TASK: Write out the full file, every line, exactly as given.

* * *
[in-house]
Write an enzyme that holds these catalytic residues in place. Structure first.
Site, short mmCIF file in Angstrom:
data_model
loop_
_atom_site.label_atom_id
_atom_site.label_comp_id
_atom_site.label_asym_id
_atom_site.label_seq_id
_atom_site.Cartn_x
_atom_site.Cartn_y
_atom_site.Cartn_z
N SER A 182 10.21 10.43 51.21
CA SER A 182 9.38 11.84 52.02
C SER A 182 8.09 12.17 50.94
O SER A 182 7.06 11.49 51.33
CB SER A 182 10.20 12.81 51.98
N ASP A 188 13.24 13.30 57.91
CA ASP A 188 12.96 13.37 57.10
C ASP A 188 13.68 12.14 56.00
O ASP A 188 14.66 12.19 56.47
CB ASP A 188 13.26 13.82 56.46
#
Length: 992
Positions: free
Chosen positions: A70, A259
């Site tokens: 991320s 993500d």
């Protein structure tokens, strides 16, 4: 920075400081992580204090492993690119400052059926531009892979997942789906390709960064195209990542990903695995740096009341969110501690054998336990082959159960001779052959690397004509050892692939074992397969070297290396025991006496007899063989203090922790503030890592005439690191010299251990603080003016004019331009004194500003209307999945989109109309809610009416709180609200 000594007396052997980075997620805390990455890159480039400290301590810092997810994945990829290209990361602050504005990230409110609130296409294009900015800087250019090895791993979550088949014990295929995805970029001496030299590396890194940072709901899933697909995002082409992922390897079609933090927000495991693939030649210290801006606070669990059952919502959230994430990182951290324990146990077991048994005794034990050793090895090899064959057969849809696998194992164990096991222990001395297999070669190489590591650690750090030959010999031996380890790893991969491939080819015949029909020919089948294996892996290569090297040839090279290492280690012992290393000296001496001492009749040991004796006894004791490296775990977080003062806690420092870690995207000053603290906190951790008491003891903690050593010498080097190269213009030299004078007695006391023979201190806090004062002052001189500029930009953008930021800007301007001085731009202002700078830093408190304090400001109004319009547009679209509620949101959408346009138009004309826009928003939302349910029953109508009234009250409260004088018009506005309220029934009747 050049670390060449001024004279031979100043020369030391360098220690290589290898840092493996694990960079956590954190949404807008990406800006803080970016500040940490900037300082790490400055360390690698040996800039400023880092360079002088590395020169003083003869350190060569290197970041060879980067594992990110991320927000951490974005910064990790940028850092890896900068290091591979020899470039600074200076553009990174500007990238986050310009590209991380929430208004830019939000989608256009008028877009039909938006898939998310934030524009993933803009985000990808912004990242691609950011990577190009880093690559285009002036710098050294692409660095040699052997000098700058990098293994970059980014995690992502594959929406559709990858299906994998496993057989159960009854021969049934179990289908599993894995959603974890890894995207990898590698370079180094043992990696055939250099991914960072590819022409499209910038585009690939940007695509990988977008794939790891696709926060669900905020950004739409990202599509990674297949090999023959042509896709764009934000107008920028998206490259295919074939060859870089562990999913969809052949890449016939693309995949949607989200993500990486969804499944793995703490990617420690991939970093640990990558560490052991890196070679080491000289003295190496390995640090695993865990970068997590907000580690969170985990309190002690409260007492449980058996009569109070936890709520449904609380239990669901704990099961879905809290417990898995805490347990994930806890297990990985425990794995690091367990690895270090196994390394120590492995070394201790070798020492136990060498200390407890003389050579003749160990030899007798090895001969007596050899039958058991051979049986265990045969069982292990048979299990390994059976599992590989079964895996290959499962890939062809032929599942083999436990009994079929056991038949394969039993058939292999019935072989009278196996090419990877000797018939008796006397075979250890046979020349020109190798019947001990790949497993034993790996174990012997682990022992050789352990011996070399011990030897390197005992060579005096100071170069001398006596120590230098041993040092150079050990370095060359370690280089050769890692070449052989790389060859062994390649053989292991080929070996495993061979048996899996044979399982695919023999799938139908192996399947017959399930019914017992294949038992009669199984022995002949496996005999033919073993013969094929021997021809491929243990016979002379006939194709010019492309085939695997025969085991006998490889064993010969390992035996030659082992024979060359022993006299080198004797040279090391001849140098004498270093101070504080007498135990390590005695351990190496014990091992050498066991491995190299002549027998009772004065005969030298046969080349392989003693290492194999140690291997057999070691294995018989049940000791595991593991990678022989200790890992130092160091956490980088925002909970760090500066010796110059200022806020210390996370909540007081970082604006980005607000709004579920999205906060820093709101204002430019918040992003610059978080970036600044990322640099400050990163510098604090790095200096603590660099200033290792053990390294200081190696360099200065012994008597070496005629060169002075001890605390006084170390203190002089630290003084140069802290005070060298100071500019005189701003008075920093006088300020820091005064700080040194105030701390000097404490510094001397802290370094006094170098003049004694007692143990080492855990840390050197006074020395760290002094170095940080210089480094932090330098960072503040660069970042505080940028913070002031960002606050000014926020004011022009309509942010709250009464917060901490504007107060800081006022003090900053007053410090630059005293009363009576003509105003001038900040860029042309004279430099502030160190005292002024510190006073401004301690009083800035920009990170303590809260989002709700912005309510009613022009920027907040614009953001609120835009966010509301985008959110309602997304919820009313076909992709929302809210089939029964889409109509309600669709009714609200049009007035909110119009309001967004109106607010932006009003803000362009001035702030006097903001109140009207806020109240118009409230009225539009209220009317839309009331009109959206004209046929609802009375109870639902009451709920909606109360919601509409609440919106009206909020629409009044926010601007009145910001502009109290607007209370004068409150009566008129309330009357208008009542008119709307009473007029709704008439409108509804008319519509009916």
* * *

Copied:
[in-house]
Write an enzyme that holds these catalytic residues in place. Structure first.
Site, short mmCIF file in Angstrom:
data_model
loop_
_atom_site.label_atom_id
_atom_site.label_comp_id
_atom_site.label_asym_id
_atom_site.label_seq_id
_atom_site.Cartn_x
_atom_site.Cartn_y
_atom_site.Cartn_z
N SER A 182 10.21 10.43 51.21
CA SER A 182 9.38 11.84 52.02
C SER A 182 8.09 12.17 50.94
O SER A 182 7.06 11.49 51.33
CB SER A 182 10.20 12.81 51.98
N ASP A 188 13.24 13.30 57.91
CA ASP A 188 12.96 13.37 57.10
C ASP A 188 13.68 12.14 56.00
O ASP A 188 14.66 12.19 56.47
CB ASP A 188 13.26 13.82 56.46
#
Length: 992
Positions: free
Chosen positions: A70, A259
């Site tokens: 991320s 993500d």
């Protein structure tokens, strides 16, 4: 920075400081992580204090492993690119400052059926531009892979997942789906390709960064195209990542990903695995740096009341969110501690054998336990082959159960001779052959690397004509050892692939074992397969070297290396025991006496007899063989203090922790503030890592005439690191010299251990603080003016004019331009004194500003209307999945989109109309809610009416709180609200 000594007396052997980075997620805390990455890159480039400290301590810092997810994945990829290209990361602050504005990230409110609130296409294009900015800087250019090895791993979550088949014990295929995805970029001496030299590396890194940072709901899933697909995002082409992922390897079609933090927000495991693939030649210290801006606070669990059952919502959230994430990182951290324990146990077991048994005794034990050793090895090899064959057969849809696998194992164990096991222990001395297999070669190489590591650690750090030959010999031996380890790893991969491939080819015949029909020919089948294996892996290569090297040839090279290492280690012992290393000296001496001492009749040991004796006894004791490296775990977080003062806690420092870690995207000053603290906190951790008491003891903690050593010498080097190269213009030299004078007695006391023979201190806090004062002052001189500029930009953008930021800007301007001085731009202002700078830093408190304090400001109004319009547009679209509620949101959408346009138009004309826009928003939302349910029953109508009234009250409260004088018009506005309220029934009747 050049670390060449001024004279031979100043020369030391360098220690290589290898840092493996694990960079956590954190949404807008990406800006803080970016500040940490900037300082790490400055360390690698040996800039400023880092360079002088590395020169003083003869350190060569290197970041060879980067594992990110991320927000951490974005910064990790940028850092890896900068290091591979020899470039600074200076553009990174500007990238986050310009590209991380929430208004830019939000989608256009008028877009039909938006898939998310934030524009993933803009985000990808912004990242691609950011990577190009880093690559285009002036710098050294692409660095040699052997000098700058990098293994970059980014995690992502594959929406559709990858299906994998496993057989159960009854021969049934179990289908599993894995959603974890890894995207990898590698370079180094043992990696055939250099991914960072590819022409499209910038585009690939940007695509990988977008794939790891696709926060669900905020950004739409990202599509990674297949090999023959042509896709764009934000107008920028998206490259295919074939060859870089562990999913969809052949890449016939693309995949949607989200993500990486969804499944793995703490990617420690991939970093640990990558560490052991890196070679080491000289003295190496390995640090695993865990970068997590907000580690969170985990309190002690409260007492449980058996009569109070936890709520449904609380239990669901704990099961879905809290417990898995805490347990994930806890297990990985425990794995690091367990690895270090196994390394120590492995070394201790070798020492136990060498200390407890003389050579003749160990030899007798090895001969007596050899039958058991051979049986265990045969069982292990048979299990390994059976599992590989079964895996290959499962890939062809032929599942083999436990009994079929056991038949394969039993058939292999019935072989009278196996090419990877000797018939008796006397075979250890046979020349020109190798019947001990790949497993034993790996174990012997682990022992050789352990011996070399011990030897390197005992060579005096100071170069001398006596120590230098041993040092150079050990370095060359370690280089050769890692070449052989790389060859062994390649053989292991080929070996495993061979048996899996044979399982695919023999799938139908192996399947017959399930019914017992294949038992009669199984022995002949496996005999033919073993013969094929021997021809491929243990016979002379006939194709010019492309085939695997025969085991006998490889064993010969390992035996030659082992024979060359022993006299080198004797040279090391001849140098004498270093101070504080007498135990390590005695351990190496014990091992050498066991491995190299002549027998009772004065005969030298046969080349392989003693290492194999140690291997057999070691294995018989049940000791595991593991990678022989200790890992130092160091956490980088925002909970760090500066010796110059200022806020210390996370909540007081970082604006980005607000709004579920999205906060820093709101204002430019918040992003610059978080970036600044990322640099400050990163510098604090790095200096603590660099200033290792053990390294200081190696360099200065012994008597070496005629060169002075001890605390006084170390203190002089630290003084140069802290005070060298100071500019005189701003008075920093006088300020820091005064700080040194105030701390000097404490510094001397802290370094006094170098003049004694007692143990080492855990840390050197006074020395760290002094170095940080210089480094932090330098960072503040660069970042505080940028913070002031960002606050000014926020004011022009309509942010709250009464917060901490504007107060800081006022003090900053007053410090630059005293009363009576003509105003001038900040860029042309004279430099502030160190005292002024510190006073401004301690009083800035920009990170303590809260989002709700912005309510009613022009920027907040614009953001609120835009966010509301985008959110309602997304919820009313076909992709929302809210089939029964889409109509309600669709009714609200049009007035909110119009309001967004109106607010932006009003803000362009001035702030006097903001109140009207806020109240118009409230009225539009209220009317839309009331009109959206004209046929609802009375109870639902009451709920909606109360919601509409609440919106009206909020629409009044926010601007009145910001502009109290607007209370004068409150009566008129309330009357208008009542008119709307009473007029709704008439409108509804008319519509009916």